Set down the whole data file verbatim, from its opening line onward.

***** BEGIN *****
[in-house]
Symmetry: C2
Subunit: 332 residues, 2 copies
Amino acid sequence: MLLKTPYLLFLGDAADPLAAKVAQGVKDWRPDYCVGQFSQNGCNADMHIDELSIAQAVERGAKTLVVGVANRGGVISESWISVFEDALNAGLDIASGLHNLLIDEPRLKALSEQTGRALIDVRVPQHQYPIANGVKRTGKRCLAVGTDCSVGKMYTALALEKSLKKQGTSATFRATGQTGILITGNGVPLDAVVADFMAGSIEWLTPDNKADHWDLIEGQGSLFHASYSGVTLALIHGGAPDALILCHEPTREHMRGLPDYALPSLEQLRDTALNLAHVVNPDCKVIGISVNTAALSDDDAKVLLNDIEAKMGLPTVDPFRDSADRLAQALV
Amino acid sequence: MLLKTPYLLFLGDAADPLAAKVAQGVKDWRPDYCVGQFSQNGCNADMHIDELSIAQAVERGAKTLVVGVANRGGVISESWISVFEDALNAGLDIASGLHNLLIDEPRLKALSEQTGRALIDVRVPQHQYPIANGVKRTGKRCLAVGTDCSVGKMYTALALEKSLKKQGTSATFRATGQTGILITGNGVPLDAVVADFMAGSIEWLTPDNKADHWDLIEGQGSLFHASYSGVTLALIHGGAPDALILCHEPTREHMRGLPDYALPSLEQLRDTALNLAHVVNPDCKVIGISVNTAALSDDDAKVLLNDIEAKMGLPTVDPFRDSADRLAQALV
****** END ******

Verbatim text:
[in-house]
Symmetry: C2
Subunit: 332 residues, 2 copies
Amino acid sequence: MLLKTPYLLFLGDAADPLAAKVAQGVKDWRPDYCVGQFSQNGCNADMHIDELSIAQAVERGAKTLVVGVANRGGVISESWISVFEDALNAGLDIASGLHNLLIDEPRLKALSEQTGRALIDVRVPQHQYPIANGVKRTGKRCLAVGTDCSVGKMYTALALEKSLKKQGTSATFRATGQTGILITGNGVPLDAVVADFMAGSIEWLTPDNKADHWDLIEGQGSLFHASYSGVTLALIHGGAPDALILCHEPTREHMRGLPDYALPSLEQLRDTALNLAHVVNPDCKVIGISVNTAALSDDDAKVLLNDIEAKMGLPTVDPFRDSADRLAQALV
Amino acid sequence: MLLKTPYLLFLGDAADPLAAKVAQGVKDWRPDYCVGQFSQNGCNADMHIDELSIAQAVERGAKTLVVGVANRGGVISESWISVFEDALNAGLDIASGLHNLLIDEPRLKALSEQTGRALIDVRVPQHQYPIANGVKRTGKRCLAVGTDCSVGKMYTALALEKSLKKQGTSATFRATGQTGILITGNGVPLDAVVADFMAGSIEWLTPDNKADHWDLIEGQGSLFHASYSGVTLALIHGGAPDALILCHEPTREHMRGLPDYALPSLEQLRDTALNLAHVVNPDCKVIGISVNTAALSDDDAKVLLNDIEAKMGLPTVDPFRDSADRLAQALV